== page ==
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Tax credit changes ‘target self-employed’

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Changes are economic madness: Nia Griffith MP

Changes are economic madness: Nia Griffith MP

WELSH businesses will be hit hard by changes to the UK-wide system of tax credits, according to Llanelli MP Nia Griffith.

According to the Welsh Government (2012), 99% of businesses in Wales are SME’s with 95% of those businesses being micro businesses, accounting for 60% of all Welsh employment.

This week, self-employed people in Wales have received letters from HM Revenue and Customs advising of changes to checks on their claims for Working Tax Credits (WTC) and with many facing the possibility of losing their entitlement.

The Herald spoke to the Shadow Secretary of State for Wales Nia Griffith MP about her concerns about the effects the changes will have on Wales and the Welsh economy.

Ms Griffith told us: “It is really concerning because quite clearly what Labour want to do if we get reelected in Wales is to make it easier for parents to be able to combine having a family and being able to get work. We know very well that it is the organisation of child care is the key thing.

“We are going to be consulting with parents so we get that best match for them: so that the 30 hours a week are accessible and we are talking about 48 weeks of the year. We know how for many parents school holidays are a problem.”

Nia continued: “At the same time the HMRC is looking at how it is going to assess people for tax credits. Tax credits don’t forget are for people who are in work. The paperwork looks like it is incredibly onerous. It also doesn’t take account of the fact that peoples’ work patterns do vary and that in the past we have looked at averages over a year.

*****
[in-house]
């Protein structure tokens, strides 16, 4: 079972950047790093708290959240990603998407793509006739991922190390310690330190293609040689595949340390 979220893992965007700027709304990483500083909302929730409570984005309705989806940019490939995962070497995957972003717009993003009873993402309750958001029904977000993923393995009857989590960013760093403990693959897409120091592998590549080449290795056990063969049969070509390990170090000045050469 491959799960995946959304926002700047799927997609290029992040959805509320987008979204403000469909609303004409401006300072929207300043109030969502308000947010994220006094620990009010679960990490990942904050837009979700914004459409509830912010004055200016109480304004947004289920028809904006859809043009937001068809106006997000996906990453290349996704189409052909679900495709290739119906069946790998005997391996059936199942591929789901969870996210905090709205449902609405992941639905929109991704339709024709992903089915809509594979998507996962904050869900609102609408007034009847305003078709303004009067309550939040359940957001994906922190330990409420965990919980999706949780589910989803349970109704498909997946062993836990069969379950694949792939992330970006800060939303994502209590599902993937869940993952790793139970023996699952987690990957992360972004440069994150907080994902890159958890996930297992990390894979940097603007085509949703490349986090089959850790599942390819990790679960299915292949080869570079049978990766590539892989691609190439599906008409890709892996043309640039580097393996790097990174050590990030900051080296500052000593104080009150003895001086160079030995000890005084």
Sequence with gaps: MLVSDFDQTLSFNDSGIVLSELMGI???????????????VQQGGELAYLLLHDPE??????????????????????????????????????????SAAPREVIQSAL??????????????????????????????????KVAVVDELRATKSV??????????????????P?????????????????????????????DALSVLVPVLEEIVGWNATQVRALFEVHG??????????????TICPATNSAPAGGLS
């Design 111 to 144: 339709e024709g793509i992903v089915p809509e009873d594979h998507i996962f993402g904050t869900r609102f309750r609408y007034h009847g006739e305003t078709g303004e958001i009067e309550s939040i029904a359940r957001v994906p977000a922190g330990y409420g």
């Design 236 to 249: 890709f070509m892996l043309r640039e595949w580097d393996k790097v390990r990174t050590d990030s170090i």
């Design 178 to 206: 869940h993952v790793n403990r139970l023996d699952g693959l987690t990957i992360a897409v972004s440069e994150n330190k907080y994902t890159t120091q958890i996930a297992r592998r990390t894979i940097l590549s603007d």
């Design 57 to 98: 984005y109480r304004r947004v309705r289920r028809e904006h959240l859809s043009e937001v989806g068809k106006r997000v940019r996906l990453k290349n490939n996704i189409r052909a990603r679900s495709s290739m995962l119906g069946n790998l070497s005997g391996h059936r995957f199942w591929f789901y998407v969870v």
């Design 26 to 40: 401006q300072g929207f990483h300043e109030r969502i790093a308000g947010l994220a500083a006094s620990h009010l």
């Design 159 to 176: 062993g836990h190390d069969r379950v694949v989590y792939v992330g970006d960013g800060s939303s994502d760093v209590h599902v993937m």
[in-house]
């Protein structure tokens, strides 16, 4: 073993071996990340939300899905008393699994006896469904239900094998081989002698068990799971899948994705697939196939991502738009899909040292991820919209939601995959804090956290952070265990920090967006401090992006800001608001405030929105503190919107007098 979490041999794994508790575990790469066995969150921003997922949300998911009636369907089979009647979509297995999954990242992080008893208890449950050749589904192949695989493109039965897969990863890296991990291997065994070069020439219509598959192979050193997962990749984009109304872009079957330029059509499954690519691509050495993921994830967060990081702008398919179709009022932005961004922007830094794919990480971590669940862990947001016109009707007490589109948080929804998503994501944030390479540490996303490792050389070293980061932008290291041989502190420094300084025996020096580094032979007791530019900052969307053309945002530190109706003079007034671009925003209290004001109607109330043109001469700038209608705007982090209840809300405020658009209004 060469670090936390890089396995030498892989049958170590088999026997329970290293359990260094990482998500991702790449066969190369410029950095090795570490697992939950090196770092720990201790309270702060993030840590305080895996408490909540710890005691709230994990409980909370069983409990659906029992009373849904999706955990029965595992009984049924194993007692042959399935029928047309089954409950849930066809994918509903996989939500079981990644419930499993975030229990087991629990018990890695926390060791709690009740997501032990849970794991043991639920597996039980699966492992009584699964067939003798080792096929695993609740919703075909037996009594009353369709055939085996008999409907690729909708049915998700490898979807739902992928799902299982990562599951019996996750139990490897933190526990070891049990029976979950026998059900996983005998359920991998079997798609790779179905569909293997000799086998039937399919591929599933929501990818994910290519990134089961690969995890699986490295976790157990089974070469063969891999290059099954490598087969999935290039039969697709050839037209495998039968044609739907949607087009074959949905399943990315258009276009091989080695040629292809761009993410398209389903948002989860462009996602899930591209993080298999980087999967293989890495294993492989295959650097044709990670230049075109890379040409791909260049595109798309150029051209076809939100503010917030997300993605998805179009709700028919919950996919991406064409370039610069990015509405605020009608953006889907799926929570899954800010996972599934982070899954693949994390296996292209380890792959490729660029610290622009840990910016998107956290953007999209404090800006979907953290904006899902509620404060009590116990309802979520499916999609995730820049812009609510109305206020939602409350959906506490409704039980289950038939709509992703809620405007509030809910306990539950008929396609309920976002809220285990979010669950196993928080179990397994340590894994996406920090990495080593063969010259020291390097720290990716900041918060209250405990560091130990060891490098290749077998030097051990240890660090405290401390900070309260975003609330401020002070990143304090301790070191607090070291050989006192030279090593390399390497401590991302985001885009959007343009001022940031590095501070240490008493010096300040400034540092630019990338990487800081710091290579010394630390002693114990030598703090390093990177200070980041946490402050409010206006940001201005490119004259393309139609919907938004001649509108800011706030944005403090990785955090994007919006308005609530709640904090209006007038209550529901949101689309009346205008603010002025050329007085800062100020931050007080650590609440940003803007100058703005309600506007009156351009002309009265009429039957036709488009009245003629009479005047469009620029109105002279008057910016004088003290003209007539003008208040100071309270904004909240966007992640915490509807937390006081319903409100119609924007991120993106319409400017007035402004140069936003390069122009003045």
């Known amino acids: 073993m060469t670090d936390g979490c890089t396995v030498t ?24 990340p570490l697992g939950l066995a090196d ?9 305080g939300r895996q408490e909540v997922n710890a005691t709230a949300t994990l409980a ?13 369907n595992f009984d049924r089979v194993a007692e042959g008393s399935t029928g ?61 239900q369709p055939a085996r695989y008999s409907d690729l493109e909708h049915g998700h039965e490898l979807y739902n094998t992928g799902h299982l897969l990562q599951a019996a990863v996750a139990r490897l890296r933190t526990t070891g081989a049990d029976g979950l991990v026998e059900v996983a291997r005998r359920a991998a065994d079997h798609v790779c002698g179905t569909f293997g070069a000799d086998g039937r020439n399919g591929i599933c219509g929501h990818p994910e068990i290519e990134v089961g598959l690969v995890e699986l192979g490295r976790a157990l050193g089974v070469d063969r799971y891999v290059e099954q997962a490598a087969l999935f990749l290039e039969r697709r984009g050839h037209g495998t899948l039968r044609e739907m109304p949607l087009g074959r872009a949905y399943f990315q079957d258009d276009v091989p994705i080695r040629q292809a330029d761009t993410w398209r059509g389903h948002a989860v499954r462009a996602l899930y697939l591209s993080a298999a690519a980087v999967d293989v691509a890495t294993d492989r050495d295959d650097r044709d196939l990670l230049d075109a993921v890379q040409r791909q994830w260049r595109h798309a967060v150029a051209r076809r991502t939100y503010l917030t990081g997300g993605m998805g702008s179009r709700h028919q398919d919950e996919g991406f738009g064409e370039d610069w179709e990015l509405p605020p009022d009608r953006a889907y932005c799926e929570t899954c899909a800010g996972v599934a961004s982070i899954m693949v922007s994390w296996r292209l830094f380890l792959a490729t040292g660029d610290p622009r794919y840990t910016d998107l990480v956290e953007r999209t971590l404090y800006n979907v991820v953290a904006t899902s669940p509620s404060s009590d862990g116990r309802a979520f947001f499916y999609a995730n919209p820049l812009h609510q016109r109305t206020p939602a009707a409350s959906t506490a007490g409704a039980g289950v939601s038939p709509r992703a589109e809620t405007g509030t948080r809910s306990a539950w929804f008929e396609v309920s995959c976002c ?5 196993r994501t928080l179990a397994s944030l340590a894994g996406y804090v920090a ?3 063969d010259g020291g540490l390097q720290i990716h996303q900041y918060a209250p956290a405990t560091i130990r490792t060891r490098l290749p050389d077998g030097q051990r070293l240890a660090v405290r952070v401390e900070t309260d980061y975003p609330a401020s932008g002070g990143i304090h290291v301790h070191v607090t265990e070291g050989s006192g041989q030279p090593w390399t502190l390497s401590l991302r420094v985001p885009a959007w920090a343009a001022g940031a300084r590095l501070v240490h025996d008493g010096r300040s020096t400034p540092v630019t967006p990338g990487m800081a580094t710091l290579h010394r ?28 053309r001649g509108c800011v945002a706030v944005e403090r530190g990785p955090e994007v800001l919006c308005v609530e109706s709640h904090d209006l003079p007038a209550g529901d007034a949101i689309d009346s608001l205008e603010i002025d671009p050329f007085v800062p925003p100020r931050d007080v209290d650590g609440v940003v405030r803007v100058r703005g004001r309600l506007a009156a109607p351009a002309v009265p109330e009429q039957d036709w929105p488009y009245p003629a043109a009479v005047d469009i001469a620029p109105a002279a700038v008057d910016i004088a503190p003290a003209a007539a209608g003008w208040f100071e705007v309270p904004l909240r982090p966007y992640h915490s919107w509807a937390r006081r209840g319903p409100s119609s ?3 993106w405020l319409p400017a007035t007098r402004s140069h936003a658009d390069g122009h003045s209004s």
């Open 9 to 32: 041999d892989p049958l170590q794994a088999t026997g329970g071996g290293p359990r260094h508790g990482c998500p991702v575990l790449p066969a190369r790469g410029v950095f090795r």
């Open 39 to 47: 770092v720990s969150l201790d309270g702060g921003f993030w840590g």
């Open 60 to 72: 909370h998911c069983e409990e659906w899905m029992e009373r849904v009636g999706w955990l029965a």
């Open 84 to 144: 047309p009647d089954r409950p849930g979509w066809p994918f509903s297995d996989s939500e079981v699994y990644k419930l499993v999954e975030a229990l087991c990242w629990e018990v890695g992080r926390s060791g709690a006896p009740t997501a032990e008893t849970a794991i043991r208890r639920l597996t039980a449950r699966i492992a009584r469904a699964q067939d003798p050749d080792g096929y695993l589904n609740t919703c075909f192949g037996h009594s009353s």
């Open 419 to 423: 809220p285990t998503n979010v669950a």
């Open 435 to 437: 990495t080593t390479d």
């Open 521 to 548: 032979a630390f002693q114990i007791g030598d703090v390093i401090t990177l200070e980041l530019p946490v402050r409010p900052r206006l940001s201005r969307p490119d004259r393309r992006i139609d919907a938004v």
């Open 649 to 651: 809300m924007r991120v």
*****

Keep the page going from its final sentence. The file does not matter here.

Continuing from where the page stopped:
“This is going to be immensely complicated. It is going to be a disincentive for people to work. It is going to be a disincentive for people to move from current circumstances. It is going to be a disincentive to take on new challenges.”

Talking about the difficulties selfemployed people are facing in Wales Nia Griffith observed: “Very often when you start up a new business or a new type of work, perhaps you don’t manage to do that much to start with. You only do a few hours. You have to put some input in before perhaps it takes off.

“It is going to be very difficult to see how people are going to cope with filling in all the paper work and worrying about the fact they are going to be cut from this or that or that they are going to have to pay back enormous amounts. It looks to me that instead of encouraging people to work it could very well end up discouraging people.”

The Herald asked if the changes would now force self employed people out of self employment and into the cycle of trying to claim alternative benefits or seeking low paid jobs.

Ms Griffiths answered: “It would be a tragedy if people are forced back onto benefits firstly because we are trying to make the provision for parents to try and go out to work and combine parenthood and work. From the point of view of the country’s economy it is complete madness. When people are doing their very best in trying to get some sort of work whether it is a small amount of experience to keep their hand in or expanding a business or whatever it is and then to be hit by ridiculous rules that are being brought in it seems to me to be crazy.”

The Shadow Secretary of State concluded: “For a lot of people running a cottage industry, it has been the only way to survive. Many people have been very resourceful and they have set up micro businesses for themselves. Whether it is cake decorating or catering they are home based industries, which they have trained themselves for and the have invested in. They may only be able to take on a few people on a self employed basis and quite clearly all these little cottage industries will be suffering and they are a very significant part of our economy.”

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New ward extension opens at Werndale Hospital